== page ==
One of the strengths of martial arts training is that students learn very clear and specific techniques. With one little step at a time, they develop a repertoire of moves that they can ultimately use in any combination they need. My techniques work the same way. By practicing and mastering them one step at a time, your children can become better equipped to deal with difficult social situations as they arise in everyday living.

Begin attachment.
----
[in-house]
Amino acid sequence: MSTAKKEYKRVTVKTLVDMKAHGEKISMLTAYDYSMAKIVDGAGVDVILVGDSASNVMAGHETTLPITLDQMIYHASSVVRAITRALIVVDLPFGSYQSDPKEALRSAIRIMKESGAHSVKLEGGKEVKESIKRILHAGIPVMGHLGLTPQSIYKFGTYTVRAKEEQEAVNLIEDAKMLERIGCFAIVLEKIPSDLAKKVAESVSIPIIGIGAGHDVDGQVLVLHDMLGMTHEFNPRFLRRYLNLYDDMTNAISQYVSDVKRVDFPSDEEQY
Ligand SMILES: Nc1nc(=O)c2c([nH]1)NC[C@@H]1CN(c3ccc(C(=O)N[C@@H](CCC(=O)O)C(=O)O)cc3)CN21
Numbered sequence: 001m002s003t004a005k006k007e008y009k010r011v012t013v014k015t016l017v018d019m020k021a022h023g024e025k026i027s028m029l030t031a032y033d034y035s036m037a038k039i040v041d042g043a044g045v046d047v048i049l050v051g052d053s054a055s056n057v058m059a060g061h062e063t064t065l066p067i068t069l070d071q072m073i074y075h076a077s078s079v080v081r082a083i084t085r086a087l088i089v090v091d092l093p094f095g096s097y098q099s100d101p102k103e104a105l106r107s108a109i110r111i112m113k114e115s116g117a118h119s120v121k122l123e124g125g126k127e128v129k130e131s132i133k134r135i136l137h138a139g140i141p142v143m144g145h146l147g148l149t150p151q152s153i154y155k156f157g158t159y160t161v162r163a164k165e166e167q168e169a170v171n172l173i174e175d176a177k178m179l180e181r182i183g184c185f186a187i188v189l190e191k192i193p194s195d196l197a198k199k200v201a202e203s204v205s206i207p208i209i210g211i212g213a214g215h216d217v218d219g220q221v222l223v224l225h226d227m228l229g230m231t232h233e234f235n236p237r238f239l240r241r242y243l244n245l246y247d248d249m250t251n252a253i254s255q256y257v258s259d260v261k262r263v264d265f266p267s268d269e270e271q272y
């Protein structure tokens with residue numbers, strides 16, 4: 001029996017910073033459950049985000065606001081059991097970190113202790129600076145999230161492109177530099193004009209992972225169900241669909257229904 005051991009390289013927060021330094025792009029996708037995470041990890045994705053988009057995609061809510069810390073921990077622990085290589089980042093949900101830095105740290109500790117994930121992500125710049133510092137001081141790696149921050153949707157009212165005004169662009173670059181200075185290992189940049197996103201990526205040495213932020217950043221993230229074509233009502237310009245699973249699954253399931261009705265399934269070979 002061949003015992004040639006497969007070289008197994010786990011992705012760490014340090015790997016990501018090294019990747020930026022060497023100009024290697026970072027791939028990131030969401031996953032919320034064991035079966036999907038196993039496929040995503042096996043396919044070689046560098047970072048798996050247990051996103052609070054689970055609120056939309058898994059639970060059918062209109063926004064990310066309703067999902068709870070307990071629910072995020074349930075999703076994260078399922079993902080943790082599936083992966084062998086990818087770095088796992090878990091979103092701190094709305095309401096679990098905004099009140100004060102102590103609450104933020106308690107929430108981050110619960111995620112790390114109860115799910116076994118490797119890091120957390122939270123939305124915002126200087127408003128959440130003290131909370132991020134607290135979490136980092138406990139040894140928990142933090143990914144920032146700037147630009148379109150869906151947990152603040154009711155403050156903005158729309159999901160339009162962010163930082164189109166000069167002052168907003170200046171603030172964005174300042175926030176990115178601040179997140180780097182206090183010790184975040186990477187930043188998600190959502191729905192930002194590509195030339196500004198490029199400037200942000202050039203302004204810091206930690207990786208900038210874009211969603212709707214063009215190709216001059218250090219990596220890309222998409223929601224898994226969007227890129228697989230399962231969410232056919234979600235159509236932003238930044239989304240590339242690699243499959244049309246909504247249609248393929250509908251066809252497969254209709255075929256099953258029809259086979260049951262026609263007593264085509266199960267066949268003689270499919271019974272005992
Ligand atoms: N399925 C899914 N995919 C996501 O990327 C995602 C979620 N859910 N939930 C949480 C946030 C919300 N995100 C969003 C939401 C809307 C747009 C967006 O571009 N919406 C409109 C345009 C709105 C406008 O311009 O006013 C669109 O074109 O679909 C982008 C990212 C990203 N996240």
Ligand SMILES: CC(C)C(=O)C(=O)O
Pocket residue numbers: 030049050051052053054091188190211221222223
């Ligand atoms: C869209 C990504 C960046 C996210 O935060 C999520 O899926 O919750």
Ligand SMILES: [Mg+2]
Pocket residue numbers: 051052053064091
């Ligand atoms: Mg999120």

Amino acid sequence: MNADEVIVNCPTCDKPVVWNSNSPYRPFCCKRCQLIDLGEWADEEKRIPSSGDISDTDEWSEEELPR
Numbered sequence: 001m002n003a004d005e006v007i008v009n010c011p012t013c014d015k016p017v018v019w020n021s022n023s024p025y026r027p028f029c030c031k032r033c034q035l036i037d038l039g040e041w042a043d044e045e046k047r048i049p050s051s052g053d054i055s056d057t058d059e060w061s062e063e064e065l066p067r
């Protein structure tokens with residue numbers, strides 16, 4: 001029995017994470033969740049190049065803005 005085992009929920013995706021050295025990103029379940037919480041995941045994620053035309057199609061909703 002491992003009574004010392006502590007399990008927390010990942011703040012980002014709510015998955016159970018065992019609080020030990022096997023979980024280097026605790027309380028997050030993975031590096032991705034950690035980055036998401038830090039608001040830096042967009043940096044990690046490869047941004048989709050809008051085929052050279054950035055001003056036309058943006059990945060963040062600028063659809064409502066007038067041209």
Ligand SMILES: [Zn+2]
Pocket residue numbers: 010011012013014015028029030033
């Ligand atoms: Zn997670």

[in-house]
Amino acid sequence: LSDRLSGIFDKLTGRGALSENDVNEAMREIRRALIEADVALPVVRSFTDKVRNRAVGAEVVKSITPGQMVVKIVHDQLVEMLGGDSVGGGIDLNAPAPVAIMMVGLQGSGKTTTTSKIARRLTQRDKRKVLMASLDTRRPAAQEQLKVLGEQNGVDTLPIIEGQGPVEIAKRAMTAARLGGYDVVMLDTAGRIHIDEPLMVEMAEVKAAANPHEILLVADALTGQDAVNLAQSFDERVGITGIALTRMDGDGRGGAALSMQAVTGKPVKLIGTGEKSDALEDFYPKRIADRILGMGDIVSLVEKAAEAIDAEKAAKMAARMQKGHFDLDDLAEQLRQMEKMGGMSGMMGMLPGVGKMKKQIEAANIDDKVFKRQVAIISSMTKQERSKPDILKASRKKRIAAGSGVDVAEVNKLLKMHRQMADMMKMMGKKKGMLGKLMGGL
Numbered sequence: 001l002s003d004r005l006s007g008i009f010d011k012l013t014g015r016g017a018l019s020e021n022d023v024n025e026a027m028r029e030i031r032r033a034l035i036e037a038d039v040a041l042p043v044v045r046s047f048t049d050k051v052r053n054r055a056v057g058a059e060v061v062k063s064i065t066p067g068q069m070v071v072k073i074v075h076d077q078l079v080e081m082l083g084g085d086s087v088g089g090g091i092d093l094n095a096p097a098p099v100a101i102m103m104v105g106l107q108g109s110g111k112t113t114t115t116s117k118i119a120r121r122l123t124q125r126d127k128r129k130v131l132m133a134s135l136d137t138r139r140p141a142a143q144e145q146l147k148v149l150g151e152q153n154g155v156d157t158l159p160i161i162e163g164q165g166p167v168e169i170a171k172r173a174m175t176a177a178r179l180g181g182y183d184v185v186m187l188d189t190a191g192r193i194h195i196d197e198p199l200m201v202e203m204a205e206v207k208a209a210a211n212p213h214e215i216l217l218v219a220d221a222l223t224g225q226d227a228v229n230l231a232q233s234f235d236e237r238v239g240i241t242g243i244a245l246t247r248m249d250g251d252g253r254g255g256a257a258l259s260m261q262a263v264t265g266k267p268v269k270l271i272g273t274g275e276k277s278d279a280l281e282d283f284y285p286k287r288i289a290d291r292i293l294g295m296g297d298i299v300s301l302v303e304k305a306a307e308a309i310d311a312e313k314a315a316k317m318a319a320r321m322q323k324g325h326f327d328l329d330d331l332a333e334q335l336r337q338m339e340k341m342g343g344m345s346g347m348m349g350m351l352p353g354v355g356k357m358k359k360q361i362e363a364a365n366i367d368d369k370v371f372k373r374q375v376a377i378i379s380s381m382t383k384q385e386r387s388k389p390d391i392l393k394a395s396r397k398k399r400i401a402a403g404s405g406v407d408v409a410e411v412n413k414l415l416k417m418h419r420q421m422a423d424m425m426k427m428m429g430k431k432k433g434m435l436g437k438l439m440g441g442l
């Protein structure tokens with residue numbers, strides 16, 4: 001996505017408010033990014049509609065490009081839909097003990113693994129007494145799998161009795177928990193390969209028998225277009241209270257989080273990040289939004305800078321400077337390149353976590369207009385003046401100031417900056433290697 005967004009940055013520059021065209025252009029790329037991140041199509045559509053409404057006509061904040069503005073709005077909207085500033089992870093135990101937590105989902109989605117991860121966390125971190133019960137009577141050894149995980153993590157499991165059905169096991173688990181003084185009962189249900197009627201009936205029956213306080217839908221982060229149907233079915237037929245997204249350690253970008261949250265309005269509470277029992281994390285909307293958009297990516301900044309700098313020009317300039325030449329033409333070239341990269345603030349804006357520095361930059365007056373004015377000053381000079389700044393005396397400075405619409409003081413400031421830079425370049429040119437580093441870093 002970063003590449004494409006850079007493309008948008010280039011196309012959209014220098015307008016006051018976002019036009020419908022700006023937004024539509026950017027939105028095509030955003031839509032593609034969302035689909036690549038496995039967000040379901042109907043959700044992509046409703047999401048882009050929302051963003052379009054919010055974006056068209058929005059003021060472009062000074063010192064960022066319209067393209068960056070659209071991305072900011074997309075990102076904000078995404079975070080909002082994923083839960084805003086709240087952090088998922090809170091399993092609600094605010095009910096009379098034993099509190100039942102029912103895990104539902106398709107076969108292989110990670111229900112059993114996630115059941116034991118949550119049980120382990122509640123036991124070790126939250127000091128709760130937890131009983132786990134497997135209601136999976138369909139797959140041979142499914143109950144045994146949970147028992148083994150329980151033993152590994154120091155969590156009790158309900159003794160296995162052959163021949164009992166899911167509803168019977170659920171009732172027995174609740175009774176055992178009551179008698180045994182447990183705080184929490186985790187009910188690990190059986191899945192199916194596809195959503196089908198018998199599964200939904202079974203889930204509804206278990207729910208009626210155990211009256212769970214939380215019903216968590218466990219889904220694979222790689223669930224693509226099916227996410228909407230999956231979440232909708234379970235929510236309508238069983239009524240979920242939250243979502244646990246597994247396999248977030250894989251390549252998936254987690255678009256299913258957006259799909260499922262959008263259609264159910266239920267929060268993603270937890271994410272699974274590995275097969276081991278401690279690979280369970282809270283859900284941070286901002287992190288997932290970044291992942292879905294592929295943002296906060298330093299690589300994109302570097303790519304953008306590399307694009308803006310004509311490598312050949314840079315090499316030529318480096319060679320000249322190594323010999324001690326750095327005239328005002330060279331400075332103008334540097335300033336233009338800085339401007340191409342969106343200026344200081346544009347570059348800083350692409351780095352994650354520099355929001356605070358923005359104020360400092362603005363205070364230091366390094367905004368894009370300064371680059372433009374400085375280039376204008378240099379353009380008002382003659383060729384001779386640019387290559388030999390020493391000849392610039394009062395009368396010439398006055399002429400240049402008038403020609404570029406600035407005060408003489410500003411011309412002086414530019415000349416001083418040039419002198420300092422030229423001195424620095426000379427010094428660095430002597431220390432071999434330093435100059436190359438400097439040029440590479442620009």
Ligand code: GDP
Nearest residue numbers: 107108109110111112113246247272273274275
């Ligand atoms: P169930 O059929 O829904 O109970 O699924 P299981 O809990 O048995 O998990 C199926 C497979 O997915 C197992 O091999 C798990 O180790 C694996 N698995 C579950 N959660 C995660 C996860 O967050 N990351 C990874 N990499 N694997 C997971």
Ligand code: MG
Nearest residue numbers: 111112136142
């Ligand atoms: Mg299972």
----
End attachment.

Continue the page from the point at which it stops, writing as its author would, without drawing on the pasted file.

Kids have always faced these tough situations. But with the current pattern of family and work life, parents frequently aren't around to provide support (it's been estimated that as of 1986, parents had ten to twelve hours less time each week to spend with their children than in 1960). Children need to have skills to fend for themselves when we're not there. They also need the skills to deal with us, their own parents, especially when, too distracted by the daily hustle and bustle, we forget to be kind and reasonable.